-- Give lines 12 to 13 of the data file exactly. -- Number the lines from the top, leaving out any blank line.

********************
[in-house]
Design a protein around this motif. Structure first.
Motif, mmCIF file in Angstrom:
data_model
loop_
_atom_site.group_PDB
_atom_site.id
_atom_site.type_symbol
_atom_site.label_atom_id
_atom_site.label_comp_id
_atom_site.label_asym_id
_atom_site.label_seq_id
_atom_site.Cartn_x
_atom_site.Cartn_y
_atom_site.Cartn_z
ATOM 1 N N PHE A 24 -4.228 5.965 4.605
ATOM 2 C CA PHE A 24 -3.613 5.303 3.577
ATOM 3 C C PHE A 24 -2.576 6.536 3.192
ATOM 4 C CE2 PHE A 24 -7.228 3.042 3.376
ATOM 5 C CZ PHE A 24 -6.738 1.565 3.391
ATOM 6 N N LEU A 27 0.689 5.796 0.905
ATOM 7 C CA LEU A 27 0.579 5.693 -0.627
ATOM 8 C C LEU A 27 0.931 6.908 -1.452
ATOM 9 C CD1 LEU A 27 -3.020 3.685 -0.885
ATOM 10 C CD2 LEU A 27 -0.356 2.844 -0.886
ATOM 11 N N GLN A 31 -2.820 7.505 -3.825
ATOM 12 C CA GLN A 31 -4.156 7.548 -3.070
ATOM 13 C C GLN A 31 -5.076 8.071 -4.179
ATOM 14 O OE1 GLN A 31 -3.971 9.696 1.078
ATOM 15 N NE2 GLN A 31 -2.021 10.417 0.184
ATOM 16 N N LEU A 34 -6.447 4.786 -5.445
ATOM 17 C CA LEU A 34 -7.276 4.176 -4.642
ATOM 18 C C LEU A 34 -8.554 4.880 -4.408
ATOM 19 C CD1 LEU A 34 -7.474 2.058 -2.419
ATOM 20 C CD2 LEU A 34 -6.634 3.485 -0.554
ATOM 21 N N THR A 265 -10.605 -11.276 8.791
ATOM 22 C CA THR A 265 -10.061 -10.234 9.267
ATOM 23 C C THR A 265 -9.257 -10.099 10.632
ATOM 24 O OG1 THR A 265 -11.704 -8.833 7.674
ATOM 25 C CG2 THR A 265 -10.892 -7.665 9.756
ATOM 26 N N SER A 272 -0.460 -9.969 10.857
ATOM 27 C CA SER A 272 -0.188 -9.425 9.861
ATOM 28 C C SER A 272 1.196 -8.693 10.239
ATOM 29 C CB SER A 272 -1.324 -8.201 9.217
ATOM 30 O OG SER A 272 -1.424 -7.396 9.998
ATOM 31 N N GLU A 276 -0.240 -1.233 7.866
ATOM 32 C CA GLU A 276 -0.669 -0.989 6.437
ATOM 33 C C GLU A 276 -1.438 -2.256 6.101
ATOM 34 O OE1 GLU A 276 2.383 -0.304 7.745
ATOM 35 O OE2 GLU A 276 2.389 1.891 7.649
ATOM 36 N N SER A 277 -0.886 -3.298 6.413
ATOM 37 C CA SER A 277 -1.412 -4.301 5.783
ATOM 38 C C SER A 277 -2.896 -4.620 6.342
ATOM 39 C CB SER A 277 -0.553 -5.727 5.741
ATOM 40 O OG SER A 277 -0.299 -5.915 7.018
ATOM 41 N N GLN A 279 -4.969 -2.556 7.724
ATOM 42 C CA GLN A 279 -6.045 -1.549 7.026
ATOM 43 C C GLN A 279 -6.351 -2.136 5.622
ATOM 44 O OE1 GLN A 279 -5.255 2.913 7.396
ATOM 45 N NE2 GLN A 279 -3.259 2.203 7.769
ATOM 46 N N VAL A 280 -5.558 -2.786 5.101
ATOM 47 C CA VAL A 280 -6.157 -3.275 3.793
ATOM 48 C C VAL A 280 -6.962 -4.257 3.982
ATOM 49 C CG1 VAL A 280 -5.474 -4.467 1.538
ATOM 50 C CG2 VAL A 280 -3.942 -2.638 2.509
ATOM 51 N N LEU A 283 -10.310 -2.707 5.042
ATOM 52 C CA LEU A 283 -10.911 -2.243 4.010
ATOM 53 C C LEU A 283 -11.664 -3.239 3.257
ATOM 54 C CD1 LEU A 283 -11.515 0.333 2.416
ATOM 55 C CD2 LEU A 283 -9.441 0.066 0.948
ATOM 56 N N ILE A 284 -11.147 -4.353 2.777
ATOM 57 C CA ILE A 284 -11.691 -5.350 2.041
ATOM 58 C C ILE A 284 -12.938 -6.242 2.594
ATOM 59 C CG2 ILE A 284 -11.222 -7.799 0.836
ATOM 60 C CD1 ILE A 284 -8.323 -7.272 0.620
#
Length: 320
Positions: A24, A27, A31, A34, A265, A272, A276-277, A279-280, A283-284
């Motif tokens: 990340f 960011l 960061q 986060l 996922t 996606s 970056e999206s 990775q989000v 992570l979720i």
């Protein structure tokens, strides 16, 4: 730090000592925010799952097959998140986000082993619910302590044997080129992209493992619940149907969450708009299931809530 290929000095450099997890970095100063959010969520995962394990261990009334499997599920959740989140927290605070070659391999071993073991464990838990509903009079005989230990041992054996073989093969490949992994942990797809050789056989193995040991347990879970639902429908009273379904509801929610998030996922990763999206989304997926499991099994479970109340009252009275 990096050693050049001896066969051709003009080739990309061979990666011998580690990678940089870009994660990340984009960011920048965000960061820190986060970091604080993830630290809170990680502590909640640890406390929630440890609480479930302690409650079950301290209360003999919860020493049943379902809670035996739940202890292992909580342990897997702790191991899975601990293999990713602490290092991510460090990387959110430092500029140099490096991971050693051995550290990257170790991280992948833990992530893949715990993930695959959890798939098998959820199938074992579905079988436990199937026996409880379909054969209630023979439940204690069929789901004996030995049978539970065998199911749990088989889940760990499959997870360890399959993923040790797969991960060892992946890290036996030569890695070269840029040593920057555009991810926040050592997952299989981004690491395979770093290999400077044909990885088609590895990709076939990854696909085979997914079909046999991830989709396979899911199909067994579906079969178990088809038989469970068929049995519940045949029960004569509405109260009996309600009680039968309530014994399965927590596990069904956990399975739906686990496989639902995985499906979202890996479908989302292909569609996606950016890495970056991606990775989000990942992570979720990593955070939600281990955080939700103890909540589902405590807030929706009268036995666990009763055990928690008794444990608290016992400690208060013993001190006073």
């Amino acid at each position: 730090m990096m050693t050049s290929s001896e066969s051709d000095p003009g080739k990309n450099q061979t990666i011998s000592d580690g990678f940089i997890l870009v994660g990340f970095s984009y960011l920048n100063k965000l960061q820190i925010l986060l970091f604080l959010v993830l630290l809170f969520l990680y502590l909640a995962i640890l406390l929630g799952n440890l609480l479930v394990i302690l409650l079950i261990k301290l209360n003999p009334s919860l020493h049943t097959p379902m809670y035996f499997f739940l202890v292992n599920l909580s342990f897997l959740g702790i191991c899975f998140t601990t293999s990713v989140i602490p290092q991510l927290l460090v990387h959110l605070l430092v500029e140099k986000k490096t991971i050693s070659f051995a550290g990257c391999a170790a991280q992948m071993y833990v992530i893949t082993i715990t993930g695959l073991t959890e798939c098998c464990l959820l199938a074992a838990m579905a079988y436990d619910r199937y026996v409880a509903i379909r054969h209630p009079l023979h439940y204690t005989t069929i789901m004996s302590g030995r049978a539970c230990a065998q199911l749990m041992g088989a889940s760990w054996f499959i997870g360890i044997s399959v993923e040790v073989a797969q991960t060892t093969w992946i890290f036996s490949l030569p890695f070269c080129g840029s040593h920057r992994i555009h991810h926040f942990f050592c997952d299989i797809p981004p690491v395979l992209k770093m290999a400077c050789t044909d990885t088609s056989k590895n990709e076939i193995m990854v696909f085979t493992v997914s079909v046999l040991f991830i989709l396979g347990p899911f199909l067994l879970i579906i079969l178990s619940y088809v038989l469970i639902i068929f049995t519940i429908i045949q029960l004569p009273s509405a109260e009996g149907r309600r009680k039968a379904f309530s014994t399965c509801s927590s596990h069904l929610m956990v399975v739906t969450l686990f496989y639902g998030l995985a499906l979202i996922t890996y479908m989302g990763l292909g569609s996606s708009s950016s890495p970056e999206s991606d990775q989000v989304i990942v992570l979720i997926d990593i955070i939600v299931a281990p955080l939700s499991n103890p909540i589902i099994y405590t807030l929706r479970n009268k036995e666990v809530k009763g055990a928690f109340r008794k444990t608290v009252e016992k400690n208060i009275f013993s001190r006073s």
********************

_atom_site.label_seq_id
_atom_site.Cartn_x